Flying with babies can feel daunting when you first think about it. Rest assured: the reality is usually far better than what you imagined!
Short haul flights are a great place to ‘practice’ flying with babies.
If you are planning on travelling regularly with your child, a short haul flight is a great way to “practice”. You don’t just get the experience of being on a flight, but you’ll learn your way around the realities of checking-in, getting luggage around and getting to and from an airport with a baby (all things that used to be far simpler pre-children). While the formal definition of a short haul flight is a bit fuzzy, for our purposes we consider a short haul flight anything under three hours. Anything longer than that and there are a few additional things to consider, so see our post on flying long haul.
A few key things to remember when flying with babies:
Typically, you can’t check in online. You may be able to ‘semi’ check in, but you usually won’t be issued a boarding pass or allocated exact seats without going to the check in counter. So turn up early.
Most airlines will allow you to check through 3 baby items free of charge: a pram, a car seat and a travel cot. We like to put our pram in a cover, but parents are divided on whether this is worthwhile: it probably depends how expensive your pram is. Remember, when some of these items are checked through – particularly prams – they’ll end up at the ‘fragile luggage/bulky items’ pickup, not the regular carousel. You’re also usually able to take an extra bag onboard with baby items in it. (See our packing post for specific tips on smart packing.)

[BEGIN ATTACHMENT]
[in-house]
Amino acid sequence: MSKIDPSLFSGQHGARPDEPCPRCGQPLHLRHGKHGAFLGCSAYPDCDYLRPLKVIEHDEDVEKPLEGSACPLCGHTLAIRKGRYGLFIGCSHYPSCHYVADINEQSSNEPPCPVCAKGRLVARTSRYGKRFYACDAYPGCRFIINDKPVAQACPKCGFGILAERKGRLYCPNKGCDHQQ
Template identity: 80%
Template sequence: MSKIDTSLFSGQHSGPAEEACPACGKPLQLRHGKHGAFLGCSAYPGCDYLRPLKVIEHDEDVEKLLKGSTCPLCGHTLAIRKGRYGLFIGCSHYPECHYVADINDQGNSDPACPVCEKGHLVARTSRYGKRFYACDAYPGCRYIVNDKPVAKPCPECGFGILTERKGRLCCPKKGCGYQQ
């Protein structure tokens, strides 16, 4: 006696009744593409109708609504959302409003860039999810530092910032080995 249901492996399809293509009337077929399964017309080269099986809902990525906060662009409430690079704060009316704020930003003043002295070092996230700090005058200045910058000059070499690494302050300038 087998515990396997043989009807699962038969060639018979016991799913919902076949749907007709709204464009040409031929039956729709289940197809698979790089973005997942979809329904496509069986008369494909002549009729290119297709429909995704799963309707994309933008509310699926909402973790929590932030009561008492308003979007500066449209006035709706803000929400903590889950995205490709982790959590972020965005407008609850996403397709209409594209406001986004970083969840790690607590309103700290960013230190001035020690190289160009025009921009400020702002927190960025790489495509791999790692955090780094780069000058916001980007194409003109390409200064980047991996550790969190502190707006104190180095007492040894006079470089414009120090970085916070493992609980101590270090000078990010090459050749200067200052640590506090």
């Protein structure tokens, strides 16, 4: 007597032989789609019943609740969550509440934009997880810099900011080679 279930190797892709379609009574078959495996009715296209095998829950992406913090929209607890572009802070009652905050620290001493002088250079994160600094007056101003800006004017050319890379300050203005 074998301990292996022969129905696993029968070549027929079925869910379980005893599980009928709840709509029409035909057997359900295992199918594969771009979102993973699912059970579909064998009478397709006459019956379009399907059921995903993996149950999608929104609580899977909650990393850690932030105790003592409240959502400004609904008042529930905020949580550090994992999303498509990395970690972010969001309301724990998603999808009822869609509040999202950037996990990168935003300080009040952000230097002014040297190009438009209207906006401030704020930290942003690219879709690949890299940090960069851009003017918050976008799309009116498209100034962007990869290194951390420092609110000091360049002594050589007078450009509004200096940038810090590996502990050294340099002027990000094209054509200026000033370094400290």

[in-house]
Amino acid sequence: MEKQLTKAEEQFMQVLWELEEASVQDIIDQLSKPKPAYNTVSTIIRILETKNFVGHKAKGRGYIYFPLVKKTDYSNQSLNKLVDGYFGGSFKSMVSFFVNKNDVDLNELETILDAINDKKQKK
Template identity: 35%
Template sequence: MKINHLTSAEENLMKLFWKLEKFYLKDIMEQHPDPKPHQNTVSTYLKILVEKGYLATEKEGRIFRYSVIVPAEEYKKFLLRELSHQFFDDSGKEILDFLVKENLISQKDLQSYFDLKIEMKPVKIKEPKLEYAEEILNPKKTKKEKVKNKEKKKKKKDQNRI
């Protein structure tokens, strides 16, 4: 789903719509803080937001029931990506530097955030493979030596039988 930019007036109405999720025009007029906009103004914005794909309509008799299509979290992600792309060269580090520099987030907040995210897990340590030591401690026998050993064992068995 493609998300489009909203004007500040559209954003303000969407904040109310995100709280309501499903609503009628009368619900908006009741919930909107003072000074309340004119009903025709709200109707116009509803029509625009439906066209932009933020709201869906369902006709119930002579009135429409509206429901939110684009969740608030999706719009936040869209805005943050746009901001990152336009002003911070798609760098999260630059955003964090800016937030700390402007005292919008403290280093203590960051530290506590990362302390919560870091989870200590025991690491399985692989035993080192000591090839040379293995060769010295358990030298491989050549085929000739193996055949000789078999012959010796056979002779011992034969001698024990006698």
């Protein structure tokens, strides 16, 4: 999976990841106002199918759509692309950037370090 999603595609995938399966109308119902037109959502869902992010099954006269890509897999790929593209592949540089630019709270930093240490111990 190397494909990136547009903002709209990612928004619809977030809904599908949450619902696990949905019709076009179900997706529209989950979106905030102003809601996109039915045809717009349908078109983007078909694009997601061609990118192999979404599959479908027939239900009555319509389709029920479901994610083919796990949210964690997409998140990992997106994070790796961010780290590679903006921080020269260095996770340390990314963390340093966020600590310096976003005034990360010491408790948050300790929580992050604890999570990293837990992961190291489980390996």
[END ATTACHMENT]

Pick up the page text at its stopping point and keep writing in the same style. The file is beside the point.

Getting around the airport:
Only a few airlines will let you take a full sized pram right up to the gate and check it in there. (They WILL all let you do this with a small, light umbrella stroller, like the YoYo Zen, which we recommend). If you’re travelling an airline with this policy, be prepared to simply use a carrier during the airport, or borrow the airline’s umbrella strollers from check in to the gate (most have these, but they are very ‘upright’, so you won’t get a baby to lie down in it to sleep). We have a whole post on the prams and baby travel here, if you’re unsure which one to take – if any.
A carrier like an Ergo is supremely useful in an airport. It leaves you hands free and makes it easy to move around while carrying all your hand luggage. Remember, you’ll have to take the baby out of this when you go through security, so time that experience for when the baby is awake.
In flight, you’ll need to use an infant seatbelt on take off, landing and when the seatbelt sign is on. This clips around your own seatbelt and is easy to use; the staff will show you how to use it.
Don’t forget comfort for baby’s ears! Here’s how to stop a baby’s ears from hurting during take off and landing.
If you’re on a flight long enough to need to feed them solid food, our post on feeding babies on planes will help.
You’ll also want to consider whether an aisle or a window is best. We’ve weighed that one up here.